The court of appeals concluded that “[w]hile citation to a specific statute may be the preferred practice, failure to specifically cite to a statute in the complaint and information is harmless error where there is no prejudice to the defendant” (¶ 22). In this case, the defendant repeatedly challenged the applicability of Wis. Stat. section 971.36 before trial, and the court concluded that he cannot reasonably argue that he was unaware of the proof requirements (“single intent and design”) associated with the statute.
The defendant also claimed that this prosecution was barred by the statute of limitation. Again the court of appeals disagreed. “Having granted prosecutors the authority to charge multiple thefts as a single crime, we conclude that Wis. Stat. § 971.36(3)(a) evidences the legislature’s intention that theft contrary to Wis. Stat. § 943.20(1)(a) can be charged as a continuing offense” (¶ 31). Continuing offenses are not complete until the last act (in this case cashing the last check) is completed (see ¶ 30).
The state had six years after the last act to “commence” the prosecution. Wisconsin Statutes section 939.74 provides that, for purposes of the statute of limitation, a prosecution is “commenced” when a warrant or summons is issued, an indictment is found, or an information is filed. None of these events occurred before the statute of limitation expired. However, a criminal complaint was issued and the defendant voluntarily appeared in court before the statute expired.
On these facts, the court rejected the defendant’s argument that the filing of the complaint was not sufficient to commence prosecution of this action before running of the statute of limitation, “as so holding would lead to an absurd result in light of the undisputed fact that Elverman voluntarily appeared before the court not once, but twice, prior to [the expiration of the statute]” (¶ 36). “[T]here would have been no reason to issue a warrant for Elverman after he had already appeared before the commissioner, as the purpose of a warrant is to notify the defendant that he has been charged and must appear” (¶ 35). See State v. Jennings, 2003 WI 10, 259 Wis. 2d 523, 657 N.W.2d 393.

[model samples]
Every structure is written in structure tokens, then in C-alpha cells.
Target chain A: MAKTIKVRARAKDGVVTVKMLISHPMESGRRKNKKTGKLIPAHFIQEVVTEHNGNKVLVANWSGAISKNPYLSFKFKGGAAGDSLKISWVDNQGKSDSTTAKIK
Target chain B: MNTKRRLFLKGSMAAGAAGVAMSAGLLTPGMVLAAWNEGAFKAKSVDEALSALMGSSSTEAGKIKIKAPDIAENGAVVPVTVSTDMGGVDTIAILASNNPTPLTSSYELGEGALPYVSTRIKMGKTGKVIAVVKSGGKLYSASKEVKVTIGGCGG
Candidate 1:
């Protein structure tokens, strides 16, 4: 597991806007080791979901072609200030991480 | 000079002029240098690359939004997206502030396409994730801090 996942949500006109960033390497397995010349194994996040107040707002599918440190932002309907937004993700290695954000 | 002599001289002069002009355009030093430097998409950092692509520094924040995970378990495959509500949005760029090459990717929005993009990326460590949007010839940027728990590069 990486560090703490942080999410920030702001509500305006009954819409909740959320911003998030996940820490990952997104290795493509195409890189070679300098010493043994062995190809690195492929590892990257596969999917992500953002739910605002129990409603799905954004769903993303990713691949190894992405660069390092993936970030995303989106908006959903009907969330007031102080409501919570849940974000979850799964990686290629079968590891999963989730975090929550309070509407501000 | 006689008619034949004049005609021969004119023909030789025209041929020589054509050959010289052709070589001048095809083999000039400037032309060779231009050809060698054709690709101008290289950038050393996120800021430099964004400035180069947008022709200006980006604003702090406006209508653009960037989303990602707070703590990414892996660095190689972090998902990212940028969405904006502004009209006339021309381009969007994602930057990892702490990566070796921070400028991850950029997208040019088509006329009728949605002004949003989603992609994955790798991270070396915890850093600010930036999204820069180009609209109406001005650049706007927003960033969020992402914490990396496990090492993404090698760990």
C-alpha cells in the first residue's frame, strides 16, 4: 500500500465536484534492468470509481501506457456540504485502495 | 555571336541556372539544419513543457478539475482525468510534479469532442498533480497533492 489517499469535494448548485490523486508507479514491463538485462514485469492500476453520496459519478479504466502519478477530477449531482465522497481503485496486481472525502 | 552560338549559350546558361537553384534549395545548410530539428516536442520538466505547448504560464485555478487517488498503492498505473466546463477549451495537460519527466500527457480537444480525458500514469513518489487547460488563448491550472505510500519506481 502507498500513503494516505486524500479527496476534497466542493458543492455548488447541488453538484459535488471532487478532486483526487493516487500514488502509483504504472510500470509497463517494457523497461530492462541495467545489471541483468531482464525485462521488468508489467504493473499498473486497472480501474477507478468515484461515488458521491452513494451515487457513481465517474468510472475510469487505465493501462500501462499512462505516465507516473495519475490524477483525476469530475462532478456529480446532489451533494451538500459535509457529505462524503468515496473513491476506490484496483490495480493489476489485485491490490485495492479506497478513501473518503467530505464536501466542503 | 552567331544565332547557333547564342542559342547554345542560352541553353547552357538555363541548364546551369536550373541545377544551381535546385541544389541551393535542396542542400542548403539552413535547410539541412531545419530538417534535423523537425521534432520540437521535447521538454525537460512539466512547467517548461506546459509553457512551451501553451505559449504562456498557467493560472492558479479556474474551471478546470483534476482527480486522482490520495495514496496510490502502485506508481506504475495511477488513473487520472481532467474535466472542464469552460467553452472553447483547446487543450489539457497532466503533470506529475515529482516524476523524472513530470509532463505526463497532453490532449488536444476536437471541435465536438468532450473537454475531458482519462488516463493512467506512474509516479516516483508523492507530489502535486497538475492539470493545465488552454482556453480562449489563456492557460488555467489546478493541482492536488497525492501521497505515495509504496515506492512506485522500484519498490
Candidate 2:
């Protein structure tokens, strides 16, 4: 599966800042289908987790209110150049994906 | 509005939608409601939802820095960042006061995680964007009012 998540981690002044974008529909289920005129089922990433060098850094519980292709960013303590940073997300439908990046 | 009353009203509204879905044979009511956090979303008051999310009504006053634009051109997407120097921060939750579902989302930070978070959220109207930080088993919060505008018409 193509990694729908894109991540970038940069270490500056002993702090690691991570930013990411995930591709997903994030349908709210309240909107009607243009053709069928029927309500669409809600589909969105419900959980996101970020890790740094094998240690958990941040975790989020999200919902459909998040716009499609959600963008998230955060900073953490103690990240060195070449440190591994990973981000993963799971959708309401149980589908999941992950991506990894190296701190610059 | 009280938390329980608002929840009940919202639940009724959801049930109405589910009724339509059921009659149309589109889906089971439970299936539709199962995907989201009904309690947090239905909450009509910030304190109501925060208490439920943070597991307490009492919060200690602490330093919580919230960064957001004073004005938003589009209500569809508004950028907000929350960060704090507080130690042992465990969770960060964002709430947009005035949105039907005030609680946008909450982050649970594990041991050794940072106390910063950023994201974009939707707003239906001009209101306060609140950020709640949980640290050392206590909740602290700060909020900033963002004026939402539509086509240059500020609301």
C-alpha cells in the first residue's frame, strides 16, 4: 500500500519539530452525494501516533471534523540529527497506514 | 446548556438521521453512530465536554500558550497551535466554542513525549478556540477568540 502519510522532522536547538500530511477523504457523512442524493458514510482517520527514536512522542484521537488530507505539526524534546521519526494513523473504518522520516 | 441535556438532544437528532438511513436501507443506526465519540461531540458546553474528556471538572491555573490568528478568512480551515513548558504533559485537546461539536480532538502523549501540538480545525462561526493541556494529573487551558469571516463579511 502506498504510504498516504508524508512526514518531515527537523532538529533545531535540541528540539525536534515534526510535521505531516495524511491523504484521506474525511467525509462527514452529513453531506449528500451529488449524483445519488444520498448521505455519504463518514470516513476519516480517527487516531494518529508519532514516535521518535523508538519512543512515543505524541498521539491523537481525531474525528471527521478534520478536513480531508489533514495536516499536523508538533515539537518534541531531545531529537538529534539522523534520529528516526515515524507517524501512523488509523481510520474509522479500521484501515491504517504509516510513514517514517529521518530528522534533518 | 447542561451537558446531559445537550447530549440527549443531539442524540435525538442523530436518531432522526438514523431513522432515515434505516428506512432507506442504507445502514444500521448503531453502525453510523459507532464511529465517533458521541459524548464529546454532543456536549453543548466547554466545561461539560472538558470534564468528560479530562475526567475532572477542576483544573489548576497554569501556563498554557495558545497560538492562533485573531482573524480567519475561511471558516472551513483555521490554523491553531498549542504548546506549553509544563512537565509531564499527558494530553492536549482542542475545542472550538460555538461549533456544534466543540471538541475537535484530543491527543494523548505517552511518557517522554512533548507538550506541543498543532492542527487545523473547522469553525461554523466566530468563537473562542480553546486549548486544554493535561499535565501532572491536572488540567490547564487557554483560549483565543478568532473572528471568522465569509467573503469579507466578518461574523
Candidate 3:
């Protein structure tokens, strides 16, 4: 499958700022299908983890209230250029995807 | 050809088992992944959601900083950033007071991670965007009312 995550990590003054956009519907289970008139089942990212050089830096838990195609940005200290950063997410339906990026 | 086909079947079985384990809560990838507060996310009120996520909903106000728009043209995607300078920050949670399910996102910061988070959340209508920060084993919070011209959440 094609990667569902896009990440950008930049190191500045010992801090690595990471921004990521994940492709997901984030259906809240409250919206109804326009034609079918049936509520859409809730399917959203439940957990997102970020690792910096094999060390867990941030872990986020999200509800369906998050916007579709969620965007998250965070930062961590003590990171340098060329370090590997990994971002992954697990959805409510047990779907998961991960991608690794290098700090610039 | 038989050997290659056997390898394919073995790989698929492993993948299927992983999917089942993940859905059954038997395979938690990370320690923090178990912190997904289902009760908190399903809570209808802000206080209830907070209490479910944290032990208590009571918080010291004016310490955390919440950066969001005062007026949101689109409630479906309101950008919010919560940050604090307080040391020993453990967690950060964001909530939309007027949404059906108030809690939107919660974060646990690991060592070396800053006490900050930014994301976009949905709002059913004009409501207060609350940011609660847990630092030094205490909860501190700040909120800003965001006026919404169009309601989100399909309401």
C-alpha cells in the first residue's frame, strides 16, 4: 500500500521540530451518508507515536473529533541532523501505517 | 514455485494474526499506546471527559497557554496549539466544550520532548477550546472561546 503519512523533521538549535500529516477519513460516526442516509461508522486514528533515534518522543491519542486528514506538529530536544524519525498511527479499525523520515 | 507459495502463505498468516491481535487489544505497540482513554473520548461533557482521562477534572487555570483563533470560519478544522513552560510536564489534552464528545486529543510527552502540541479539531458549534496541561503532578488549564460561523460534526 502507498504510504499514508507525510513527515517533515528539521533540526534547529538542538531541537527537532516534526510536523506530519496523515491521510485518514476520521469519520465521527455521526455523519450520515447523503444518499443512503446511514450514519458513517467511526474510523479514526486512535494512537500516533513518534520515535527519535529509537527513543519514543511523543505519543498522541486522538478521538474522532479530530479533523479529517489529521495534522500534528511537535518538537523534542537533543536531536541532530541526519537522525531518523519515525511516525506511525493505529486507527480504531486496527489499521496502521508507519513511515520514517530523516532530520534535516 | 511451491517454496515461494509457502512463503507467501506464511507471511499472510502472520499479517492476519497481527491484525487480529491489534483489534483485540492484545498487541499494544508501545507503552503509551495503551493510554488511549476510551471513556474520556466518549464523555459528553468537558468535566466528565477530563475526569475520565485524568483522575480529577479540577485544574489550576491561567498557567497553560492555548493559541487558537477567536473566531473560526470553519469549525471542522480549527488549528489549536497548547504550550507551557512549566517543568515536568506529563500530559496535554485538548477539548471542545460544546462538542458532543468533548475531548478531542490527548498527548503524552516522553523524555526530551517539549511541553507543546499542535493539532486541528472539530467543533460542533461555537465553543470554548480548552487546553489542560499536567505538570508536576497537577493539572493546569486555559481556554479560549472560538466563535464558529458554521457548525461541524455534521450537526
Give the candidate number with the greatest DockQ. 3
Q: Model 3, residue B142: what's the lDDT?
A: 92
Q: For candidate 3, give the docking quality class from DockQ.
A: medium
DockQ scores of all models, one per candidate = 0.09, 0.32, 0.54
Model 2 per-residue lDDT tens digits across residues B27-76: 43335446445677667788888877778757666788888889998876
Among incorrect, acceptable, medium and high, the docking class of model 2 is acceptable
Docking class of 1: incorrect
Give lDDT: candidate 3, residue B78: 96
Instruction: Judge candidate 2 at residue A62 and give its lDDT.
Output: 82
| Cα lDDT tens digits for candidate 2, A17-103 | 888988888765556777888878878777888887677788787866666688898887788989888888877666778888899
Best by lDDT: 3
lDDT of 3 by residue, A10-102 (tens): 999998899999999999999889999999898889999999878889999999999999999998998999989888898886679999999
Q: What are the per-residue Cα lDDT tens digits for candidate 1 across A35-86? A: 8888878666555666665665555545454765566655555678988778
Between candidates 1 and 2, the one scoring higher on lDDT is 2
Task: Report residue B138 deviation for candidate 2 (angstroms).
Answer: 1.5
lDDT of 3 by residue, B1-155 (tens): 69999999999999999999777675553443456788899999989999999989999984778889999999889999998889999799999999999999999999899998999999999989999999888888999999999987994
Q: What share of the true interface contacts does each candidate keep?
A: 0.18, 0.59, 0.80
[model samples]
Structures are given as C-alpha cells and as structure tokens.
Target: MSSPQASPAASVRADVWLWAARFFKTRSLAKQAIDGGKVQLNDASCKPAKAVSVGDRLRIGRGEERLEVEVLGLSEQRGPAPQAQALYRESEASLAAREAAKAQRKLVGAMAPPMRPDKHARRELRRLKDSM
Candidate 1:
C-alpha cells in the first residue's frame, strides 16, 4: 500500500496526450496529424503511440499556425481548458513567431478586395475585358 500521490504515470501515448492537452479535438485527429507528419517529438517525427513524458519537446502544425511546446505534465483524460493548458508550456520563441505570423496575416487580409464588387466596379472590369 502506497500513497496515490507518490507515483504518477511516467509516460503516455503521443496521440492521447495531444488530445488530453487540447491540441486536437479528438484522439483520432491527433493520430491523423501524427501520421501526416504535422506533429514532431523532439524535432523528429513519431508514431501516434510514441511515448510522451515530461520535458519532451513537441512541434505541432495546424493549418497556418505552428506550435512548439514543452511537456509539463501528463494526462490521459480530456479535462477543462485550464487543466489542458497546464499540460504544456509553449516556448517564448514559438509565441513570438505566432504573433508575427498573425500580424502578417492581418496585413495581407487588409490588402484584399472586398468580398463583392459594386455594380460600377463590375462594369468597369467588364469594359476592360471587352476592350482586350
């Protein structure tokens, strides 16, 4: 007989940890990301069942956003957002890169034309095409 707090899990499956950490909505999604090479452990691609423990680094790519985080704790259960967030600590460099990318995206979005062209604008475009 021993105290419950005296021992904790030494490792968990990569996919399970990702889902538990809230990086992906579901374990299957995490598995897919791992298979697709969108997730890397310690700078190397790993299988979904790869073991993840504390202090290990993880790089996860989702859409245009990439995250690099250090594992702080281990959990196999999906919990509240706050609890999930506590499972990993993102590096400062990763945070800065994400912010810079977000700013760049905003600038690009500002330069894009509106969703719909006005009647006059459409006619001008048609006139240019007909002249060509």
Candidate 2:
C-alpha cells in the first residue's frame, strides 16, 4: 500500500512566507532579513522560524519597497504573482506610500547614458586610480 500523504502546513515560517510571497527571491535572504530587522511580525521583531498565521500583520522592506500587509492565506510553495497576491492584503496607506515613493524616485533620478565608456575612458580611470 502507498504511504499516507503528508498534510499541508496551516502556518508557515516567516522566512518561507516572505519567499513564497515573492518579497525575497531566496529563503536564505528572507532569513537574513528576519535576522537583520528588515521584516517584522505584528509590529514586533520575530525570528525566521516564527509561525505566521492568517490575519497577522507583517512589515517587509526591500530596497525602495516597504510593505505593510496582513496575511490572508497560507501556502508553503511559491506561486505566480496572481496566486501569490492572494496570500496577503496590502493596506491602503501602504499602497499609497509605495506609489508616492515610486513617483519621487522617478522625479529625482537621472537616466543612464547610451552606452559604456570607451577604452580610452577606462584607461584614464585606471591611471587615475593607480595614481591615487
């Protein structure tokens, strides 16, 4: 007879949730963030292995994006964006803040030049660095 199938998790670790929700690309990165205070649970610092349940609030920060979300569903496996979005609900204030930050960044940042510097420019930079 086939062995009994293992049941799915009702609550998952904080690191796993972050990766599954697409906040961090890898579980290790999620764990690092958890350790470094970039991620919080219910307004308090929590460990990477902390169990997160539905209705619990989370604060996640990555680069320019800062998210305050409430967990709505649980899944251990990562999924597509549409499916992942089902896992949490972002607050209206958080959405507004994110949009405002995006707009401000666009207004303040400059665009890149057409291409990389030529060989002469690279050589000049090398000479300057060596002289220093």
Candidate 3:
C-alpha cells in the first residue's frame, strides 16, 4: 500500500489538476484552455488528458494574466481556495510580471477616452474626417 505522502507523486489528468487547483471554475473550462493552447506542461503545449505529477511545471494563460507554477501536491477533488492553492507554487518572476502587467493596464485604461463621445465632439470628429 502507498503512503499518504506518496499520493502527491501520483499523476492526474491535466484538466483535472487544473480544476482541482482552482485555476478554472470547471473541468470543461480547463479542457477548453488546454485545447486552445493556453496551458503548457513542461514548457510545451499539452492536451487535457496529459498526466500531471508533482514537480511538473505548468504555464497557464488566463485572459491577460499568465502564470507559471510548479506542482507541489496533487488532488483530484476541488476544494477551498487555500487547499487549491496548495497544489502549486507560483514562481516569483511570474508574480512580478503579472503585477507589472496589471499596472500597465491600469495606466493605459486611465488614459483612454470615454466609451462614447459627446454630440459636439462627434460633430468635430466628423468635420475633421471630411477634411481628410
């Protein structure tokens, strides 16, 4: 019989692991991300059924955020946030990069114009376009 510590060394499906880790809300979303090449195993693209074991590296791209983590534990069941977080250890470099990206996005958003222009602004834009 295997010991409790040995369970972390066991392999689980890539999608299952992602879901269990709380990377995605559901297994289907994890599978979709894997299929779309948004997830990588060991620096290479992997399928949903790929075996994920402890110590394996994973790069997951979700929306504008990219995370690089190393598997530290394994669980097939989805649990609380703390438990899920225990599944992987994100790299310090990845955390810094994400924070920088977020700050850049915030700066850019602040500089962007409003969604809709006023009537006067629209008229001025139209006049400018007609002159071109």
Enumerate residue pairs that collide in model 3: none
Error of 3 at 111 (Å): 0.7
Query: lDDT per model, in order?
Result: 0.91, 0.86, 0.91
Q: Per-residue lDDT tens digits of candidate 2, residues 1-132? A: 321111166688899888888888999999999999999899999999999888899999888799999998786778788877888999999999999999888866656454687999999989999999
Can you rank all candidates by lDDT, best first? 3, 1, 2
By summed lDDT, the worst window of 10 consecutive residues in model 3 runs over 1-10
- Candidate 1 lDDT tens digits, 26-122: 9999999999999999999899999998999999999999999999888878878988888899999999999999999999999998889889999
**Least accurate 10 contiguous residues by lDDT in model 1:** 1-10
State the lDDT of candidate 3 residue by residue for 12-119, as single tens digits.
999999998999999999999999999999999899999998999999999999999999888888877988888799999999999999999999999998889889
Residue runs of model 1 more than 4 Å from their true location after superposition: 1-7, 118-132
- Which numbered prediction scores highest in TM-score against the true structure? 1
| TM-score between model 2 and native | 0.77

The defendant also raised a venue issue in this case. However, the court concluded that, under Wis. Stat. section 971.19(2), venue is appropriate in any county in which at least one of the alleged acts occurred if the charge is based on a continuous offense. There is no dispute that at least one of the checks was cashed in Milwaukee County. “Having concluded that theft can be and was properly charged as a continuous offense, venue was therefore proper in Milwaukee County” (¶ 38).
The appellate court also concluded that the circuit court did not deprive the defendant of his right to a unanimous verdict when it denied him a jury instruction that would have told the jury that it was required to unanimously agree as to which checks constituted the defendant’s commission of theft. “Elverman argues that a specific check could not be found to support the crime charged unless all jurors unanimously agreed that the required elements of theft had been met as to that specific check” (¶ 39).
Said the court in reply: “While multiple checks were introduced as evidence of the ongoing theft, the jury was not required to unanimously agree that all elements necessary to prove theft had been established as to each individual check. Rather, the jury was required to unanimously agree that Elverman had, during the period beginning on March 25, 2003, and ending on September 23, 2004, committed all elements of theft as part of one continuous crime” (¶ 49).
Lastly, the court of appeals concluded there was sufficient evidence on which the jury could conclude that D.P. did not consent to the theft and the defendant knew that she did not or could not consent.
Discovery – Witness List – Sanctions – Exclusion of Witnesses
State v. Prieto, 2016 WI App 15 (filed 30 Dec. 2015) (ordered published 27 Jan. 2016)
HOLDING: The district attorney’s office failed to show good cause for its discovery violation of Wis. Stat. section 971.23(1)(d), and the circuit court did not err in its decision to sanction the violation by excluding the state’s witnesses.